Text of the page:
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Japan Pocket WiFi vs. SIM Card: Which is better?

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Staying connected in Japan is super important for navigating trains and translating menus. But how do you access the Internet in Japan? In this guide, we share our experience using a Japanese SIM card, an eSIM, and a Pocket Wifi and tell you which is best for your travels in Japan.

Japan Pocket WiFi Device eSIM Computer

If you’re planning a trip to Japan, you’ve likely seen a lot of information out there about SIM cards and pocket Wifi devices, and even eSIMs.

Frankly, it can be a bit confusing weeding through all the junk and finding out:

  1. Which option is better for you
  2. Whether you need one at all
  3. Which company is best

In order to make this process a bit easier for you, we decided to put them all to the test and see which is better: a Pocket Wifi device, a Japanese SIM, or an eSIM

If you want our short and sweet answer, tab here to jump down the article to see our recommendations. Otherwise, keep reading and we’ll answer all your questions related to Japan Pocket Wifi’s and SIM Cards and eSIMs.

Japan Pocket WiFi vs. Japanese SIM Card Guide


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Okay, first things first…

Do you actually need mobile internet access in Japan?

You might be wondering if having your devices connected is really worthwhile. We used to travel all the time without any cell service at all, and we actually loved being disconnected. We would log into Wi-Fi service at night at our hotel or hostel for any Internet time we needed.

However, Japan requires a bit more planning. Here’s what I mean:

The train system is easy to navigate… with an app. Japanese signs and menus are easy to translate… with an app.

Essentially, there are 2 main reasons you’ll want to stay connected. 

1) Navigation

Japan Pocket Wifi SIM Card Navigating Trains

Getting around Japan can be complicated, to say the least. There is an app (Japan Travel by Navitime— download it now!) that is a total lifesaver and tells you exactly which trains to take (even the best cars to get in based on your route!).

But you need the Internet to use it to its full capacity.

We didn’t want to risk taking the wrong trains or missing them because we couldn’t connect to the Internet.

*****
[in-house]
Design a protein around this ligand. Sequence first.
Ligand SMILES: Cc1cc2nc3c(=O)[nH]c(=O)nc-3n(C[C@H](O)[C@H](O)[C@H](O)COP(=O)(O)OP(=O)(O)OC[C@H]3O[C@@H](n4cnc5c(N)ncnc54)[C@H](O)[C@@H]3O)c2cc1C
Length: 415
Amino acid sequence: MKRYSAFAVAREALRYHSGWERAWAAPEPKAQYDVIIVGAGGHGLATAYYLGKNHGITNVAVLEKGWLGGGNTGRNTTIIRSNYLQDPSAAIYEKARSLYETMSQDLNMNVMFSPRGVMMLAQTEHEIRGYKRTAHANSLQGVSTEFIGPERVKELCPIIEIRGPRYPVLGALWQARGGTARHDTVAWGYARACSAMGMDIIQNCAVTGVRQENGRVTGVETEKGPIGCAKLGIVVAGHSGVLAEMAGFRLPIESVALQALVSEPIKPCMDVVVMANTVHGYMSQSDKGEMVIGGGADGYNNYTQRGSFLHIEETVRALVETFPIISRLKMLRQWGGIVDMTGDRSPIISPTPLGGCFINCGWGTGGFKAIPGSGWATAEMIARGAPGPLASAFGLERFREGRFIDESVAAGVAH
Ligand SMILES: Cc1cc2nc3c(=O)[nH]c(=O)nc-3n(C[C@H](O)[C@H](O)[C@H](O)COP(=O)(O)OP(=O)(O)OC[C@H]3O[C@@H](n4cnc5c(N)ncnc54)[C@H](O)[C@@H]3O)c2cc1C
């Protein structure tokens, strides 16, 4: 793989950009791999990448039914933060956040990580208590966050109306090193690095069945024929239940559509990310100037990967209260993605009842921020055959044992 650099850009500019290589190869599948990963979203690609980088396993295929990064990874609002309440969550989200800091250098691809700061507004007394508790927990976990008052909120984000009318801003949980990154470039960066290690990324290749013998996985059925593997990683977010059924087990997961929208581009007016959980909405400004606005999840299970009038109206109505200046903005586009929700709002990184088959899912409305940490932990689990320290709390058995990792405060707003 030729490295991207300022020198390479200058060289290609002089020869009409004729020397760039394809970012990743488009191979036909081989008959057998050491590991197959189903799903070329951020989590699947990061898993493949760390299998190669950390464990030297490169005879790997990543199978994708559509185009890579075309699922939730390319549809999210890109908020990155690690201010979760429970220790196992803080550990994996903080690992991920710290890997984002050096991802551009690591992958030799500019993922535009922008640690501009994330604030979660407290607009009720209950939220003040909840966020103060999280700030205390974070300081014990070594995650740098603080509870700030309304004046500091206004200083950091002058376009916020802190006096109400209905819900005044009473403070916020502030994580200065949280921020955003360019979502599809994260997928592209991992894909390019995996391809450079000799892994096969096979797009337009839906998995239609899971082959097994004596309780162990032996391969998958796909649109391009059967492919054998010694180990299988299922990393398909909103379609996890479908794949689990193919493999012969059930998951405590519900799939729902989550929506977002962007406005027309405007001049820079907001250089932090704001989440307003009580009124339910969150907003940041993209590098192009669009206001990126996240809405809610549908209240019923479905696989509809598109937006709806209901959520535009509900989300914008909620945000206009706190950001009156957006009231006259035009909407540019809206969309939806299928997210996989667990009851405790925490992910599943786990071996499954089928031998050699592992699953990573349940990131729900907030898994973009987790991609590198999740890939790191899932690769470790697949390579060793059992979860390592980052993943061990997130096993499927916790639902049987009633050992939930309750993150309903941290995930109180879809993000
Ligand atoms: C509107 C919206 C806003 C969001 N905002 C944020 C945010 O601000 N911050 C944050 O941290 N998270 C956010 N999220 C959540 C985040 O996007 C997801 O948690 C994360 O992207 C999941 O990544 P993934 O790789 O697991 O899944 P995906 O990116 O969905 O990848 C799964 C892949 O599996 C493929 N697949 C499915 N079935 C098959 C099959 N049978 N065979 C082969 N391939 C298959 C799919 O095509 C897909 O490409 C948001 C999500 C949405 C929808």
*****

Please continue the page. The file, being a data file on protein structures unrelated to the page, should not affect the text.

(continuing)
2) Translating

Japanese SIM Card Translating Food Labels

Many signs around Japan have both Japanese and English. However, there are also lots that don’t.

You’ll also find menus, instructions, remotes, brochures, and ingredient labels that you might want to read. To do this, you’ll want to have Google Translate.

Before your trip, it’s a good idea to download the Japanese Language pack, which you can access offline.

However, some of the most helpful features — like live photo translation — are only accessible with an Internet connection. Without that feature, you will have to figure out how to type in Japanese characters which, I can tell you from experience, is very difficult as a total beginner!

Other reasons you might want to connect to the Internet:

  • Random Google searches: We liked being able to look things up on the spot, like: What are the best things to do in Tokyo? and “How much do sumo wrestlers weigh?”
  • Finding restaurants: I’m a sucker for finding restaurants on Google Maps by reading reviews. Seriously, it’s how I find gems and avoid the duds.
  • Understanding menus: If you’re an adventurous eater (I’m with ya!), you can skip over this one for the most part, but if you have any dietary restrictions (or aversions!), you’ll likely need to do a little translating of ingredient labels and menus.
  • Social media: And let’s talk about social media… during our time in Japan we posted a ton of Instagram stories to share what we were up to and stayed on top of our emails (or at least tried to).

All of these things require one thing. You guessed it: The INTERNET.

Here’s our personal experience…

During our first trip to Japan in 2015, we went with nothing: no SIM card, no pocket WiFi, and no way to stay connected to the Internet.

We were in Japan for one week, and when we needed the Internet we’d pop into a coffee shop or wait until the evening when we could get WiFi at our hotel (although one Airbnb we stayed at had no Internet at all!).

We made it through the week just fine, but there were challenges. We got on the wrong metro a couple of times, and we had to do more planning upfront.

We decided that on our second trip, we definitely wanted a way to stay connected.

On this second trip (August 2019), we noticed there are more public WiFi spots around the country than a few years ago, but we just don’t like the idea of relying on them.

Connecting to public WiFi can certainly be clutch when you’re lost or you need to do a quick search, but it’s not a private connection (be careful with the information you use on these networks!) and they aren’t always very fast or reliable.

For our third trip to Japan (November 2023), we got a rental wifi router (Pocket WiFi) and eSIMs for both our iPhones. The wifi router was mostly used when we were on our computers doing some work on trains or in our Japanese rental car.

But the eSIM really came in clutch when navigating a city, doing some quick research, or posting on Instagram. And we didn’t have to fiddle around with the tiny SIM cards.

So whether you choose to go with no Internet access (not advised in our opinion), a mobile hotspot, an eSIM, or a Japanese SIM car, we have good news for you:

Getting Internet connection in Japan is very affordable!

Japan Pocket WiFi Device and fall foliage

While Japan is a notoriously expensive destination, staying connected is surprisingly pretty cheap.

We’ll go over the costs below, but first let’s go over the 4 options you’ll have: